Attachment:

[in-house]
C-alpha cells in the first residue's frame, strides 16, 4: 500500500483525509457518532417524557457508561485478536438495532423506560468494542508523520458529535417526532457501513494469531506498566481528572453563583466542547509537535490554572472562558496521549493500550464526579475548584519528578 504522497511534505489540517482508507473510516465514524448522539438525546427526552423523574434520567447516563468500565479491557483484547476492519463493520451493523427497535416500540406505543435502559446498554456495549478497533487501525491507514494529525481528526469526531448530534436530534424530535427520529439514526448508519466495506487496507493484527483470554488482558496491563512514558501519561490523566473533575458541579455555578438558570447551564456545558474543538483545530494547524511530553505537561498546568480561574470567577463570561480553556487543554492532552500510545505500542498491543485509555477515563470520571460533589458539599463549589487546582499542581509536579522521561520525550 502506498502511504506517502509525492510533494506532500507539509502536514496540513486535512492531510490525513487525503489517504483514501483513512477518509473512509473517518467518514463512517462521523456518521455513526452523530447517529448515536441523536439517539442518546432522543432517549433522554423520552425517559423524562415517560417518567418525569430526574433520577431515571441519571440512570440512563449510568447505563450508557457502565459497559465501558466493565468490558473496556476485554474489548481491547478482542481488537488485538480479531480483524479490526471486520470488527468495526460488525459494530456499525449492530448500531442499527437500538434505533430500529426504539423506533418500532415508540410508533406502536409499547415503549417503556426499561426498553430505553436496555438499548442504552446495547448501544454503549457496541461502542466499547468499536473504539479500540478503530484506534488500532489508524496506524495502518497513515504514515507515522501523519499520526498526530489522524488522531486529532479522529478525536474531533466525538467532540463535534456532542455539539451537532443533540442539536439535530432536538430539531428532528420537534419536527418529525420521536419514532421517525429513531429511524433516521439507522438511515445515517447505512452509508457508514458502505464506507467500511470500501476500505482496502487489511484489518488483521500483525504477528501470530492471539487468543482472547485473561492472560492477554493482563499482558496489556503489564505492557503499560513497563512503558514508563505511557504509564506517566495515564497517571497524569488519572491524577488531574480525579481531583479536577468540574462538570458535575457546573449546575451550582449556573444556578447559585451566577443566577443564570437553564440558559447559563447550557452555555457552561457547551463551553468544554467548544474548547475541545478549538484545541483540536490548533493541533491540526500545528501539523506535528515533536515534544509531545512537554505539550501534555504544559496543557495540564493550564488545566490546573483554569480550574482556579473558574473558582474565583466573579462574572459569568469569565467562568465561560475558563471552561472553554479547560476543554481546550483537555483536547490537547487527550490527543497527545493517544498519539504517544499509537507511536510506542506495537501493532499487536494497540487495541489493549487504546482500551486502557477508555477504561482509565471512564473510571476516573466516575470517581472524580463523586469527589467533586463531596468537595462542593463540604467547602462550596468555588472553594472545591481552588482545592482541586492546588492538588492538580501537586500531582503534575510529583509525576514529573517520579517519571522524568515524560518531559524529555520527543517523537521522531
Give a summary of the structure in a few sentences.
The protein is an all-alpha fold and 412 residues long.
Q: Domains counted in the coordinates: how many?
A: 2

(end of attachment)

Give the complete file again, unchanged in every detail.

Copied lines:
[in-house]
C-alpha cells in the first residue's frame, strides 16, 4: 500500500483525509457518532417524557457508561485478536438495532423506560468494542508523520458529535417526532457501513494469531506498566481528572453563583466542547509537535490554572472562558496521549493500550464526579475548584519528578 504522497511534505489540517482508507473510516465514524448522539438525546427526552423523574434520567447516563468500565479491557483484547476492519463493520451493523427497535416500540406505543435502559446498554456495549478497533487501525491507514494529525481528526469526531448530534436530534424530535427520529439514526448508519466495506487496507493484527483470554488482558496491563512514558501519561490523566473533575458541579455555578438558570447551564456545558474543538483545530494547524511530553505537561498546568480561574470567577463570561480553556487543554492532552500510545505500542498491543485509555477515563470520571460533589458539599463549589487546582499542581509536579522521561520525550 502506498502511504506517502509525492510533494506532500507539509502536514496540513486535512492531510490525513487525503489517504483514501483513512477518509473512509473517518467518514463512517462521523456518521455513526452523530447517529448515536441523536439517539442518546432522543432517549433522554423520552425517559423524562415517560417518567418525569430526574433520577431515571441519571440512570440512563449510568447505563450508557457502565459497559465501558466493565468490558473496556476485554474489548481491547478482542481488537488485538480479531480483524479490526471486520470488527468495526460488525459494530456499525449492530448500531442499527437500538434505533430500529426504539423506533418500532415508540410508533406502536409499547415503549417503556426499561426498553430505553436496555438499548442504552446495547448501544454503549457496541461502542466499547468499536473504539479500540478503530484506534488500532489508524496506524495502518497513515504514515507515522501523519499520526498526530489522524488522531486529532479522529478525536474531533466525538467532540463535534456532542455539539451537532443533540442539536439535530432536538430539531428532528420537534419536527418529525420521536419514532421517525429513531429511524433516521439507522438511515445515517447505512452509508457508514458502505464506507467500511470500501476500505482496502487489511484489518488483521500483525504477528501470530492471539487468543482472547485473561492472560492477554493482563499482558496489556503489564505492557503499560513497563512503558514508563505511557504509564506517566495515564497517571497524569488519572491524577488531574480525579481531583479536577468540574462538570458535575457546573449546575451550582449556573444556578447559585451566577443566577443564570437553564440558559447559563447550557452555555457552561457547551463551553468544554467548544474548547475541545478549538484545541483540536490548533493541533491540526500545528501539523506535528515533536515534544509531545512537554505539550501534555504544559496543557495540564493550564488545566490546573483554569480550574482556579473558574473558582474565583466573579462574572459569568469569565467562568465561560475558563471552561472553554479547560476543554481546550483537555483536547490537547487527550490527543497527545493517544498519539504517544499509537507511536510506542506495537501493532499487536494497540487495541489493549487504546482500551486502557477508555477504561482509565471512564473510571476516573466516575470517581472524580463523586469527589467533586463531596468537595462542593463540604467547602462550596468555588472553594472545591481552588482545592482541586492546588492538588492538580501537586500531582503534575510529583509525576514529573517520579517519571522524568515524560518531559524529555520527543517523537521522531
Give a summary of the structure in a few sentences.
The protein is an all-alpha fold and 412 residues long.
Q: Domains counted in the coordinates: how many?
A: 2